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The Minnesota Voters Alliance asked the state Supreme Court on Monday to reinstate its challenge to the year-old law restoring voting rights to felons when they are released from incarceration, a prospect that several justices questioned skeptically.

James Dickey of the conservative Upper Midwest Law Center, appearing for the nonprofit alliance, argued the new law is unconstitutional because the right to vote can be restored only as part of broader package of civil rights, not on its own. The other rights, he said, are the right to serve on a jury and hold office.

He argued that the Legislature exceeded its authority when it passed the law in 2023 without restoring other civil rights. Dickey said the court should reinstate the lawsuit dismissed by Anoka County Judge Thomas Lehmann late last year.

Earlier this year, the state Supreme Court took up the case on expedited review, bypassing the Court of Appeals. Arguing in defense of the new law, Assistant Attorney General Nathan Hartshorn asked the court to uphold Lehmann's dismissal and issue an opinion supporting the law.

Early voting in the state primary begins in late June, and Hartshorn said an estimated 57,000 felons are newly eligible to vote. Those Minnesotans "need to hear from this court whether they're taking their freedom into their hands by casting a ballot," he said.

The question of standing

Dickey argues that the Voter Alliance has legal standing to challenge the law because state taxpayer money is being used to support it. Hartshorn countered that wasn't enough. He said the alliance lacked standing because it offered no evidence that anyone had been harmed by the law.

Justice G. Barry Anderson started the questioning of Dickey by noting that spending for the new law — about $200,000 for education — was "very minor" in the broader state budget of more than $70 billion. Anderson pushed Dickey, asking if the Minnesota Voters Alliance has standing in this case, what would be a situation where someone wouldn't have standing?

Dickey said there would be no standing if a law didn't include discretionary spending.

Anderson responded, "It strikes me that your test is [that] if there's an expressed allocation of funds, then there's taxpayer standing."

Justice Anne McKeig asked Dickey, "Doesn't that seem overbroad?"

Dickey said no to McKeig's question. But Anderson said Dickey's definition of standing in Minnesota would be "substantially broader than the one that applies in federal court."

Chief Justice Natalie Hudson also pressed Dickey, saying the spending in this matter "seemed to be more tangential" than other cases where the court had upheld standing.

Hartshorn said that if the court adopted Dickey's position on standing, it would be an extreme expansion of Minnesota law.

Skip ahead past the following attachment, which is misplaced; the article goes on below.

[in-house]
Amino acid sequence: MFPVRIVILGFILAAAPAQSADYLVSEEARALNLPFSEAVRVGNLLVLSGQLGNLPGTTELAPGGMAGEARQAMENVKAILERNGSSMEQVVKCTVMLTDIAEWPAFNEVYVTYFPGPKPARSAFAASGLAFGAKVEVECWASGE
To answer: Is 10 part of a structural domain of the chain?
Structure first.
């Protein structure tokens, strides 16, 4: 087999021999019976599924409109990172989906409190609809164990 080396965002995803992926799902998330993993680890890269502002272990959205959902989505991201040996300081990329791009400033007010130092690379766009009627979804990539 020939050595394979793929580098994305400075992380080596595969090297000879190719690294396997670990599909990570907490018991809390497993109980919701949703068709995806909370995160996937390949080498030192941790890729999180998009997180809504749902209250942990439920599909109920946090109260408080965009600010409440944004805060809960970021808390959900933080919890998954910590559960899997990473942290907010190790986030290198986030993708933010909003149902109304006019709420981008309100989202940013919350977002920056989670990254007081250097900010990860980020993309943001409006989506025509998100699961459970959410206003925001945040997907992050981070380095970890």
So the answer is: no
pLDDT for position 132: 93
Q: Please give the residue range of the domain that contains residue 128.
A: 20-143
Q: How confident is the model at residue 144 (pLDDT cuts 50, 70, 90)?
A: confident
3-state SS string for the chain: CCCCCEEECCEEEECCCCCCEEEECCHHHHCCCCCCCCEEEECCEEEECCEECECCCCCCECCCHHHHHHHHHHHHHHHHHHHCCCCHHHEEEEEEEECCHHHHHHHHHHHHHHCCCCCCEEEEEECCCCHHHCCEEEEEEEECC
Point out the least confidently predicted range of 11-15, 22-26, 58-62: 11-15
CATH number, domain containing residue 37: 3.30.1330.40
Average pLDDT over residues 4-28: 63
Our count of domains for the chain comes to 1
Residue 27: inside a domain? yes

New law education

Before last year, those who had been convicted of felonies couldn't vote until they were off probation and had paid all fines connected to their conviction. Under the new law, felons instantly become eligible upon release from prison.

The change had broad support among DFLers, including Attorney General Keith Ellison, who had been pushing it for two decades. Secretary of State Steve Simon has been conducting a statewide education campaign about the change.

Some Republicans, however, objected to the new law, saying it would disproportionately help DFL candidates. They also argued that losing the ability to vote was a consequence of breaking the law.

The legality of felon voting rights has been before the state Supreme Court prominently in recent years. In February 2023, the court said that barring felons from voting was constitutional. Even before the court ruling, legislators were moving to "Restore the Vote" and Gov. Tim Walz was supportive.

States vary widely in their approach to voting rights. In Maine, Vermont and the District of Columbia, felons never lose the right to vote even while incarcerated. In more than 20 states, including Minnesota, felons regain the right immediately on release, according to the National Conference of State Legislatures.

Hartshorn said the lawsuit itself had instilled "fear and uncertainty and doubt in tens of thousands of people" about whether they could vote. He said they need to hear from the state Supreme Court that "you have been re-enfranchised."

Justice Karl Procaccini asked Dickey whether voting rights restoration wasn't already part of a bundle of civil rights, including applying for an absentee ballot, filing a petition and seeking to recall an elected official. "We have a long history of not restoring all civil rights at the same time," Procaccini said. He pointed out that felons must petition the state to reclaim the right to carry guns.

Dickey said gun rights are unique, but that voting rights are packaged with two others: the right to run for office and serve on a jury.

Justice Margaret Chutich countered that there's "no constitutional prohibition to serving on a jury" and when the Minnesota Constitution was written, probation and supervised release didn't exist.

"It seems to me when people get out of prison, they get a lot of their rights back: They can travel, they can go to church," she said.

Procaccini asked Hartshorn whether it was illegal for government to spend money in support of an unconstitutional law. Hartshorn said, "I don't know."

Justice Gordon Moore asked Dickey whether elections held since the new law passed could be challenged if the court rules in favor of him. Dickey said no, the challenges would be too late now.

At the end, Hudson said the court would rule in due course. She didn't provide a time frame.